Most of the policies are anti farming if I may loosely put it that way. I start with the most important factor of production and a most basic requirement of a farmer which is land. Notwithstanding that the Land Use Act tends to vest all lands in the State in the Governor of the State for the benefit of the people, it is still war acquiring lands from the State for agricultural purposes. In as much as the leaders are quick to blame the youths for not taking up agriculture as occupation, one wonders where and how they will get the required parcel of land for that purpose to start with. It is still a herculean task getting land, either directly from the government or other private owners. Should a potential farmer be lucky to be offered one, conditions to meet for perfection are often impossible. Imagine demanding from a jobless youth tax clearance and some form of payment! Where are the automatic land schemes that will practically put the man in the farm once he is ready and willing to farm? Land is the basic raw material needed for farming, the absence of which indicates a non-starter. I am aware of so many young ones interested in farming but cannot get land. This is the first area of reckoning that the State needs to intervene by way of policy rectification. Land needs to be made easily available for farming. Let there be prepared schemes in the nature of incubation centers, for plugging into by potential farmers. Again, as at date, the policy position of the government is that agricultural equipment imported into the country attracts zero duty. Whilst this is inspiring on paper, the converse is the situation in the operationalisation of the policy.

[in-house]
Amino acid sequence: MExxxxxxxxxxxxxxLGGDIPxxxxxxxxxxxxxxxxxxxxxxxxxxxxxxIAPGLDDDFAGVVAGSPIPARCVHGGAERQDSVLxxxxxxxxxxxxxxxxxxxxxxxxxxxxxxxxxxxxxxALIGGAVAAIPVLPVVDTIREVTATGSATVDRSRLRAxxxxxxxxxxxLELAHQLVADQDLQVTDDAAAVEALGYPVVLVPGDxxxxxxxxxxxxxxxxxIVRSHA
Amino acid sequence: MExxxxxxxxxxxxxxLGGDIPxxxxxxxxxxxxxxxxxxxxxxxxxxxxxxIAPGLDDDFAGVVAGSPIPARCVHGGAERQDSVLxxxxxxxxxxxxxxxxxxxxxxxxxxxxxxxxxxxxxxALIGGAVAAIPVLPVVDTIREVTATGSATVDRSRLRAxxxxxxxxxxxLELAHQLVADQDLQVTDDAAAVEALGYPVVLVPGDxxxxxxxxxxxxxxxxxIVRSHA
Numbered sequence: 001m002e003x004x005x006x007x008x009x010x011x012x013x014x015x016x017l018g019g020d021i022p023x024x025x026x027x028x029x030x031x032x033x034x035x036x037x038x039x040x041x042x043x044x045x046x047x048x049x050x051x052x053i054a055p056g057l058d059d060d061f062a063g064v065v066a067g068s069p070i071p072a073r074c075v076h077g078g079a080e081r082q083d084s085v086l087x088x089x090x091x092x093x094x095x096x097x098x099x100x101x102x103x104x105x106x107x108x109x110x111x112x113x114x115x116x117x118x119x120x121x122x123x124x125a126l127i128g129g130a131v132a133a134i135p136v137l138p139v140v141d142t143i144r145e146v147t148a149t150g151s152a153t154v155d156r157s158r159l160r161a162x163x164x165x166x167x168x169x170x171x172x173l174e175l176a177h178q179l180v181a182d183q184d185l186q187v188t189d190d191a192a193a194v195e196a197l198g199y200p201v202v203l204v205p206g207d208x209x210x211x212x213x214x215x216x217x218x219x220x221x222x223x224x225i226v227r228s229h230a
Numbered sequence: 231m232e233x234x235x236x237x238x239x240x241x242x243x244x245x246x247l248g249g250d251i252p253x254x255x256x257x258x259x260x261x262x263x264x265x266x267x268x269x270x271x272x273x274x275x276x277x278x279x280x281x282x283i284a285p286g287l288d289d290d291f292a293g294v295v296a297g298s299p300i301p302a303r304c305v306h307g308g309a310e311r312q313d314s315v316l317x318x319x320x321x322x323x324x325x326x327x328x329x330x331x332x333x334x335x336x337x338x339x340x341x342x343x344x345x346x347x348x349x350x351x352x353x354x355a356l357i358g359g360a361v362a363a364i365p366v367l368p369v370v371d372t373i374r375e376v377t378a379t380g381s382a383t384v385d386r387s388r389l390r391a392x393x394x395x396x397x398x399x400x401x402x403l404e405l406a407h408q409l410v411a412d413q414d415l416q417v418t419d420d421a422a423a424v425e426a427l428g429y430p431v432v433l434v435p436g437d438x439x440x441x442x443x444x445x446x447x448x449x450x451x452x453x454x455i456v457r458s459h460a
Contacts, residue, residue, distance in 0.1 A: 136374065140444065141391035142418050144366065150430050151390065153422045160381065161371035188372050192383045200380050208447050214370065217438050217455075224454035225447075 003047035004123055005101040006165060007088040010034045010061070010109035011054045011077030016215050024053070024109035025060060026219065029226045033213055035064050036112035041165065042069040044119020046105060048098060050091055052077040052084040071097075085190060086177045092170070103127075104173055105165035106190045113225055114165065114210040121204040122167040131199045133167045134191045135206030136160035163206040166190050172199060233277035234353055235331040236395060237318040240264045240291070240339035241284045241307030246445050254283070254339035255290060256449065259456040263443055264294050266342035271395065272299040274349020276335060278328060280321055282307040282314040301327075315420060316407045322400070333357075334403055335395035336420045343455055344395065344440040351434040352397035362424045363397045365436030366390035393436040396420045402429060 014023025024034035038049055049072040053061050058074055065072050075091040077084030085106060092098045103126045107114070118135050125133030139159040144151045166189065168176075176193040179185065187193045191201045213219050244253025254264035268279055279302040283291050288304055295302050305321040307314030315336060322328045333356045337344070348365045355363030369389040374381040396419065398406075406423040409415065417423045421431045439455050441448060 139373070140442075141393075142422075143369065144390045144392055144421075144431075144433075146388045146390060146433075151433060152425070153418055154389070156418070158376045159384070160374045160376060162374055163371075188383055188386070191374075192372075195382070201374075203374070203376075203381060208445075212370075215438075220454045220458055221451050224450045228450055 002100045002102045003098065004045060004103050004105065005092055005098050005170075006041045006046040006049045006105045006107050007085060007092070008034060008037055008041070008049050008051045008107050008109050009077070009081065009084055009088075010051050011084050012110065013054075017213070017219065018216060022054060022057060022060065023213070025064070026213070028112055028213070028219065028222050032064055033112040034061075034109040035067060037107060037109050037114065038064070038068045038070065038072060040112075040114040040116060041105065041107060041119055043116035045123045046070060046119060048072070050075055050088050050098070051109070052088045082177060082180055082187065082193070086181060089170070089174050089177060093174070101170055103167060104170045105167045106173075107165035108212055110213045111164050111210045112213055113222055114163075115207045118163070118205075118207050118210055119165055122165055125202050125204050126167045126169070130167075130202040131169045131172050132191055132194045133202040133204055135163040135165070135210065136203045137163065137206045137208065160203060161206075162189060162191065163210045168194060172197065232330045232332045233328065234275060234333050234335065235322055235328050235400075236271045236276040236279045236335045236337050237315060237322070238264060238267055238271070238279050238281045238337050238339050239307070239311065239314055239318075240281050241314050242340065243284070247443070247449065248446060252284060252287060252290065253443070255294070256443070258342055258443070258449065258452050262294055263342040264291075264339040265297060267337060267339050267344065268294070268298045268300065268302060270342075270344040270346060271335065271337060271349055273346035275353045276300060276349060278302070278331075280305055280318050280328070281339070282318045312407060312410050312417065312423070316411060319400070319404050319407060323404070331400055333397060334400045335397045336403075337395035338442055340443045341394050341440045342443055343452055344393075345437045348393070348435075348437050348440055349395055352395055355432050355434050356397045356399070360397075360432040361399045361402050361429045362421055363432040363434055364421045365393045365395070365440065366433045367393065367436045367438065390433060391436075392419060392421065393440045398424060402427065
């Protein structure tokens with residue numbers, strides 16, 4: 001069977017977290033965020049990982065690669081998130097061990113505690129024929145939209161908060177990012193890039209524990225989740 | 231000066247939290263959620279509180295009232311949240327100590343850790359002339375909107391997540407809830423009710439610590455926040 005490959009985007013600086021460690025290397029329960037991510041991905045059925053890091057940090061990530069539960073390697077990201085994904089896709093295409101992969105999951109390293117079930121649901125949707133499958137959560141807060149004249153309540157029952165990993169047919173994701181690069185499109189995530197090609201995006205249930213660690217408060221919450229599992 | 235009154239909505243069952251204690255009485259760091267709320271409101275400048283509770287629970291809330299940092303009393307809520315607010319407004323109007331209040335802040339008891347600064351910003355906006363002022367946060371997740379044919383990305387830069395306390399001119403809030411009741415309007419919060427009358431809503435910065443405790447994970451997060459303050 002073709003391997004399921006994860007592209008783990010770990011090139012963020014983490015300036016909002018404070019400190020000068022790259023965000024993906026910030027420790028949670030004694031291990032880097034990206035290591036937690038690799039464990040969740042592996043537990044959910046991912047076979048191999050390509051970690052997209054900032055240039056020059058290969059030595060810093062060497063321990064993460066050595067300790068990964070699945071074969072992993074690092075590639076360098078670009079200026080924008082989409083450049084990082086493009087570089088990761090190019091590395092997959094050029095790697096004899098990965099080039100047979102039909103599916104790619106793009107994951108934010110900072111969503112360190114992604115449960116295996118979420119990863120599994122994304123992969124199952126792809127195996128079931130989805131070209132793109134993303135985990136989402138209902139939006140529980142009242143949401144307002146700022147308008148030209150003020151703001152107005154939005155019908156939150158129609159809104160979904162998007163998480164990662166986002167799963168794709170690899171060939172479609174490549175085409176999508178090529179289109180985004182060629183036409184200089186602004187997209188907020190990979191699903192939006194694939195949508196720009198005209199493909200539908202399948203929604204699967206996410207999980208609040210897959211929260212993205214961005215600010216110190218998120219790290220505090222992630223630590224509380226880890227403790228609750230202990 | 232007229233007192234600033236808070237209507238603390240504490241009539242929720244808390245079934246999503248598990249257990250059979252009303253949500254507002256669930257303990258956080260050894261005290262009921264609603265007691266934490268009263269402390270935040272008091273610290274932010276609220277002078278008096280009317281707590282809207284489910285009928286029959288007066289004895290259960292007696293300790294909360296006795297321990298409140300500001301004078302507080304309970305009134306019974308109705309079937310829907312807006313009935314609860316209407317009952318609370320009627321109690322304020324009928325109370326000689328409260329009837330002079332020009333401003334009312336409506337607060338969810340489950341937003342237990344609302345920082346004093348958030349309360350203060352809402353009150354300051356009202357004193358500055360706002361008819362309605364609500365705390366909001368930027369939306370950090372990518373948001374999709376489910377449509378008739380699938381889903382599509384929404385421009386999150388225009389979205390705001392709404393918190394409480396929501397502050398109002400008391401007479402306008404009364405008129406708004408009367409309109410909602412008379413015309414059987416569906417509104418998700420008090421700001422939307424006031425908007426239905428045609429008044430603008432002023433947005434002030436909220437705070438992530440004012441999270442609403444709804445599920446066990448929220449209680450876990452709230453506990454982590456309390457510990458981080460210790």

What obtains in the implementation shows disharmony amongst the government agencies. Whilst this is reflected in the Custom tariff as intended, from my personal experience, the functionaries charged with the implementation hardly abide by it. As a livestock farmer for years, when recently the federal government seemed to be promoting investment in agriculture and believing the story, I decided to standardized my poultry business which was in amateur state previously. I placed an order for new, modern and automatic cages which I verified from all relevant quarters of government to attract zero duty. In fact, I obtained the Customs Tariff codes and verified same to that effect. With this conviction, I set out to import the poultry cages from China. Upon arrival at the Port in Apapa, for whatever reason known to the custom officials only, I was slammed with five percent import duty for what clearly was indicated in the Customs code as zero duty. The catch is that by the time you are disputing the claim, the goods would have attracted sufficient demurrage to render it not worthwhile, should you even be ultimately vindicated not to pay any duty. All appeals to the concerned officers fell on deaf ears. Fearing that I might incur demurrage that will further harm the business as indicated above, I had to pay the five percent import duty on the poultry cages and then formally laid a complaint with the management of the Customs Service. The response, after a lot of agitation, was much more rather disappointing than even the ‘penal duty’. In a poorly thought-out correspondence, the Management replied that I needed to pre-register with the Federal Ministry of Agriculture as a farmer to enjoy what the law provides for and without such qualification being contained in the law. It is important to note that I am not seeking a waiver of any duty in this instance. Certainly, this is absurd reasoning as the government canvassing people into agriculture cannot expect all farmers to come and register to enjoy the provision of the law. I am aware that such rider is not stated in the law, nor any other enactment and it cannot be real, as any attempt to do so will amount to creating another toll gate, thereby increasing the burden of the farmers and effectually discouraging any investment in the area. Where are the young potential farmers going to find the logistics to carry out the purported registration? To introduce that requirement will be another misguided policy of state. How many potential farmers do you want to register anyway? Is the State not on her own frustrating the promotion of agriculture she is claiming to be promoting? Somebody, somewhere needs to sort this out.